June 17, 2012 Harold Tor

Greece at crossroads? Not exactly.

I have the following to say about the current media and political whirlwind about Greece.

Should Greece remain in the eurozone?

No. As an economy Greece had not qualified to be in the eurozone. Why does one think it does now with the additional baggage of loan conditionalities on its back? Both Greeks and non-Greeks seem to think that not being in the eurozone means it is not able to use the euro anymore. No. What Greece should do is to continue to use euro as a de facto currency and use the drachma as a financial currency pegged to the euro. Not being in the eurozone’s biggest advantage is that you have full control over your financial system, a strength which Greek economy badly needs.

“But Greece is part of Europe!”

Stop spouting stupidity. Especially this unfounded Grecophilia. Modern Greece is more influenced by its Ottoman and Byzantine past than by its Antiquity to which Western Europe claims descent and likes to romanticize about. Furthermore, being out of the eurozone does not mean it is out of the European Union.

Should the new Greek government impose austerity measures as imposed by its lenders or should it postpone/default on the conditionalities?

Yes and no. First of all, “austerity measures” is a sweeping generality that uninformed journalists (I prefer to call them reporters) employ, out of their pathetic ignorance. In a healthy self-regulatory economy, the national financial institutions and the government decide on what to do with their economy in order to promote growth, by encouraging economic activities based on their competitive advantage and by monitoring the financial and monetary markets. What Greece should do now is:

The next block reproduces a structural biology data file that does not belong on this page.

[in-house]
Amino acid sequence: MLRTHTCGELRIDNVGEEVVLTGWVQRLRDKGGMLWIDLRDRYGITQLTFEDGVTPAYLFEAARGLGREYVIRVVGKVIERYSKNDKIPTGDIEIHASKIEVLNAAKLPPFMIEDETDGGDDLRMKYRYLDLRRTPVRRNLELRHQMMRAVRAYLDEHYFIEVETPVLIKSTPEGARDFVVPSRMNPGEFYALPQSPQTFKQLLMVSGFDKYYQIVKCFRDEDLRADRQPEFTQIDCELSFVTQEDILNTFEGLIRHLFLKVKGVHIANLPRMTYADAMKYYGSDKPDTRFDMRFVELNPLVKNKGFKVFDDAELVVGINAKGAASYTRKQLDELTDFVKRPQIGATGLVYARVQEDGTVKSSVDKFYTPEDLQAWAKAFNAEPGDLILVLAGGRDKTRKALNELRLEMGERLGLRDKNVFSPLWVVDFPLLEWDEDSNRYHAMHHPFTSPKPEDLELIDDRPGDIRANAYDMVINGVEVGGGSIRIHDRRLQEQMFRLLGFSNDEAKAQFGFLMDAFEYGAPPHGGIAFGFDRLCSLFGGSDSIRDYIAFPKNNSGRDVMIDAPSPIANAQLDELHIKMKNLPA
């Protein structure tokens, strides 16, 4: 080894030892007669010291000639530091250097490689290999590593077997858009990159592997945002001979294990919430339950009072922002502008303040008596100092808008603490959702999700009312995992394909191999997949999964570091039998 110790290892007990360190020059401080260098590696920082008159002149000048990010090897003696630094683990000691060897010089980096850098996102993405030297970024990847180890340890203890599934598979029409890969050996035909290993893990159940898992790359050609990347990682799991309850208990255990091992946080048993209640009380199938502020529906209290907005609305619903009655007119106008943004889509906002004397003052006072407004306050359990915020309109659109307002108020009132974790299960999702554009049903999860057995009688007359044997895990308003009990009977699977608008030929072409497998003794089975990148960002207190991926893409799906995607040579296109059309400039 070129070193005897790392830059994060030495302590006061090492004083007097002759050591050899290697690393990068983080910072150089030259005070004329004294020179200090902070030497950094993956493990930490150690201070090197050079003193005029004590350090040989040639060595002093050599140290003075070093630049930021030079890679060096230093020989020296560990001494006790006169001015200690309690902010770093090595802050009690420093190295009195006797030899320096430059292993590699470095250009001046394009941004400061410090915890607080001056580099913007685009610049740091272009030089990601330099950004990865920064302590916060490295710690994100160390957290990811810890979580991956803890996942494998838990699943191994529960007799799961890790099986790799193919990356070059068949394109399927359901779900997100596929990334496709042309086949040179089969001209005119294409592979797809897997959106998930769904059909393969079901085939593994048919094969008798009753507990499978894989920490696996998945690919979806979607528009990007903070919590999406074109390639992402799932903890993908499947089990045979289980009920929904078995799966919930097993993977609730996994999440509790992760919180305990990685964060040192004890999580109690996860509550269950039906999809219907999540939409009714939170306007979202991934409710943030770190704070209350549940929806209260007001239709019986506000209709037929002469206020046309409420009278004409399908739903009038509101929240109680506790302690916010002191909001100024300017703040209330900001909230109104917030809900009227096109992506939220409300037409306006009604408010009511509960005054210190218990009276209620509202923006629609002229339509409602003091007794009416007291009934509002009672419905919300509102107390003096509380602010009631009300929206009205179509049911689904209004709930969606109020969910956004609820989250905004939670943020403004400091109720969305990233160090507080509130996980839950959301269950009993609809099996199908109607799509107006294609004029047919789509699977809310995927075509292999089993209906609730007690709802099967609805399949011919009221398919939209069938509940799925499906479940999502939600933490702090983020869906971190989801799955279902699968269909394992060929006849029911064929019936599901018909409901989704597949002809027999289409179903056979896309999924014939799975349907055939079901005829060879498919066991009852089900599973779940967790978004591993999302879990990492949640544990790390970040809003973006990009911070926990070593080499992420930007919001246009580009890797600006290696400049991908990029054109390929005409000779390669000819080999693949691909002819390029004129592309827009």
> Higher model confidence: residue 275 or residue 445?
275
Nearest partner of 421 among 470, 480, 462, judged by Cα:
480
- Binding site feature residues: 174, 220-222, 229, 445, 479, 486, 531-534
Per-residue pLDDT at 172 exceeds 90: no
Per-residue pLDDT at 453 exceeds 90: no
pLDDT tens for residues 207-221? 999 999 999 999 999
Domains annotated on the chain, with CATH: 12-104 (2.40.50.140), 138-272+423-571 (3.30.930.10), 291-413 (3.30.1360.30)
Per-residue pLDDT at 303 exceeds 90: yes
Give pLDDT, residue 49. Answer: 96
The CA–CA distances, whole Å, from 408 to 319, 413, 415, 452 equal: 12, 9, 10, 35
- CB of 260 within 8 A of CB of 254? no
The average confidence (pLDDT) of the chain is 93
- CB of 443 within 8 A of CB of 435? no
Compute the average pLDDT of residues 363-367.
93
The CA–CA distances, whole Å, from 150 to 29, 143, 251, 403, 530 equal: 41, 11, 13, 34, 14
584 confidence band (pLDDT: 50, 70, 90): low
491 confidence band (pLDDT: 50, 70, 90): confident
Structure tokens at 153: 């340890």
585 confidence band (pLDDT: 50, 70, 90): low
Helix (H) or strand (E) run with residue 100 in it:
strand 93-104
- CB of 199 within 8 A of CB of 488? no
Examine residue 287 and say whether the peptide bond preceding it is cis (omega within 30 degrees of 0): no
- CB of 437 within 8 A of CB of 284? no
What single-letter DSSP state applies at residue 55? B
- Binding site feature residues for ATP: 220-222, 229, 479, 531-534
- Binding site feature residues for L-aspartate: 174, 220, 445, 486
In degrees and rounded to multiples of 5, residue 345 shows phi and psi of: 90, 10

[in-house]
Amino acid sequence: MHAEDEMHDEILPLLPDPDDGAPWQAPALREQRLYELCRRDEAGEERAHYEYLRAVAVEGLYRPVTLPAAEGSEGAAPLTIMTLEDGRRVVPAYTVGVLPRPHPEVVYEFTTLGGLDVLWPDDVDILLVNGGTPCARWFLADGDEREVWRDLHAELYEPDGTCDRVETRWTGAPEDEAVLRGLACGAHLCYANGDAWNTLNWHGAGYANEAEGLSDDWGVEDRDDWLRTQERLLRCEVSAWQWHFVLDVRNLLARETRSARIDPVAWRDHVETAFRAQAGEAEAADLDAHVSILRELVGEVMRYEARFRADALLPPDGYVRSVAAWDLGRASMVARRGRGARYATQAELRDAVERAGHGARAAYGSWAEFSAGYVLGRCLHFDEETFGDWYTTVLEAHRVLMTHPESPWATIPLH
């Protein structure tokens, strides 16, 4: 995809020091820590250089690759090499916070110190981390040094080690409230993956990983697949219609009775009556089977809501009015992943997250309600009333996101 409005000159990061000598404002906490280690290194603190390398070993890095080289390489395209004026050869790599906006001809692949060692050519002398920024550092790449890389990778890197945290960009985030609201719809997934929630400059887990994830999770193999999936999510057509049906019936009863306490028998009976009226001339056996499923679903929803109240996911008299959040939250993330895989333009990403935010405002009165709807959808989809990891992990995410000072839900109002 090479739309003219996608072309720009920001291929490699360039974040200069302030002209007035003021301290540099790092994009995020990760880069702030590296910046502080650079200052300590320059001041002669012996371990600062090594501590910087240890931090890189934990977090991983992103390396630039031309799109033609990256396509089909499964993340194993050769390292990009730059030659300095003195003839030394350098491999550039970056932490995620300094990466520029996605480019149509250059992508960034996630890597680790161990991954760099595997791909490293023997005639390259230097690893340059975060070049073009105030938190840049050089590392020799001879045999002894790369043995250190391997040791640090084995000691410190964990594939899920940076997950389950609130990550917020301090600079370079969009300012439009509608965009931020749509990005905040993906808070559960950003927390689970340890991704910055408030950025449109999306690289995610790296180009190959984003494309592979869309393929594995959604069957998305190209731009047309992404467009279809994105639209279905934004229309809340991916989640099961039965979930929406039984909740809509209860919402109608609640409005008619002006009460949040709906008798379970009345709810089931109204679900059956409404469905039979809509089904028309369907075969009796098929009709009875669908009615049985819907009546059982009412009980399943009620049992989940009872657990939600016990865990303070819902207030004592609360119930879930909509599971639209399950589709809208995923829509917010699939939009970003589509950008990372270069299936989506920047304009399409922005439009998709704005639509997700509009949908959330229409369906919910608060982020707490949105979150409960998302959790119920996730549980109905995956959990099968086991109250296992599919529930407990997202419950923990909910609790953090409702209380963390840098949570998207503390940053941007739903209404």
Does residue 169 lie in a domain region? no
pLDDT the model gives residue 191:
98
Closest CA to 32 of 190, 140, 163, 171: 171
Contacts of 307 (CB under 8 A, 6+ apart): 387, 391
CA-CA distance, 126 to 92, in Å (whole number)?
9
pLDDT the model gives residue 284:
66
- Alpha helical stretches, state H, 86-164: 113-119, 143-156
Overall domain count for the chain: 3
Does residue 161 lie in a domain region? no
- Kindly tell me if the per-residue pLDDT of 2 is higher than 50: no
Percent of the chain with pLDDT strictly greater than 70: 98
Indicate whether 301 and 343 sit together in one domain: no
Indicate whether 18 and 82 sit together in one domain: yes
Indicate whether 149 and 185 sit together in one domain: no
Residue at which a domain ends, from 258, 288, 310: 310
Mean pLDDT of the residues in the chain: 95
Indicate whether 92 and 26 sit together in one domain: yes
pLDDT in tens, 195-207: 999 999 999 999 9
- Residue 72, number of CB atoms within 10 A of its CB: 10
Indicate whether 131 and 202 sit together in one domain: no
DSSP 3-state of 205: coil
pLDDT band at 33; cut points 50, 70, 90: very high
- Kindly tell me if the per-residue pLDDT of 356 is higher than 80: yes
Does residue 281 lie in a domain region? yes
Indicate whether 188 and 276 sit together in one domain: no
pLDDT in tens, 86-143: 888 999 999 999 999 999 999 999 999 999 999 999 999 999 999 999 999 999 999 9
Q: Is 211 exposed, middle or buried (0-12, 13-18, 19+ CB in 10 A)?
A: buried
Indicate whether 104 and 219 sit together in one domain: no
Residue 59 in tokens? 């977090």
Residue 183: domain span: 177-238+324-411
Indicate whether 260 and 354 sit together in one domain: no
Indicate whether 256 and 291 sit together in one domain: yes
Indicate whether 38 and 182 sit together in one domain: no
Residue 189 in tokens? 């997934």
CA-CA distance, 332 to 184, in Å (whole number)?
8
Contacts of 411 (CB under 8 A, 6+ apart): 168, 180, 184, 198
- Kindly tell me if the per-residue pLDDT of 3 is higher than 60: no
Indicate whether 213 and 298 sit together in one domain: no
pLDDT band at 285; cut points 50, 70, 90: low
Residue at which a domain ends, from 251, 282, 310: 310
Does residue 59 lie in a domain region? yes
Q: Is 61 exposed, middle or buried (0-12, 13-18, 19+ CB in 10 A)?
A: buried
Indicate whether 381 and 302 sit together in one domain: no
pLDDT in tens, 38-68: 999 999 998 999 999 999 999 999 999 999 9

a) Cut back on spendings that impede or do not promote growth. Continue spending on things that do, like efficient transport system, functional health care, vibrant education system. No point having a ten-person town hall for a village of a hundred inhabitants just to have that sort of heavy bureaucracy.

b) Tax collection needs to be digitalized and rendered more effective. If you do not know how to collect money, of course you do not have money. The Greeks should really stop blaming past politicians on corruption because corruption does not happen only at the highest level. Stop the blaming and get your country back into shape. For this period of time, taxes should be based on consumption, not wealth, because of the following point.

c) Promote SME. Incentivize direct and indirect export-based economic activities. Do it in such a way that ensures more people are involved in bringing in the money than the people simply passing it on.

d) Invest in your competitive advantages. What are those now? Tourism and service. Maybe Greece needs to look hard at itself and think what it can sell that the rest of the world wants.

Stop moaning and get on with it.



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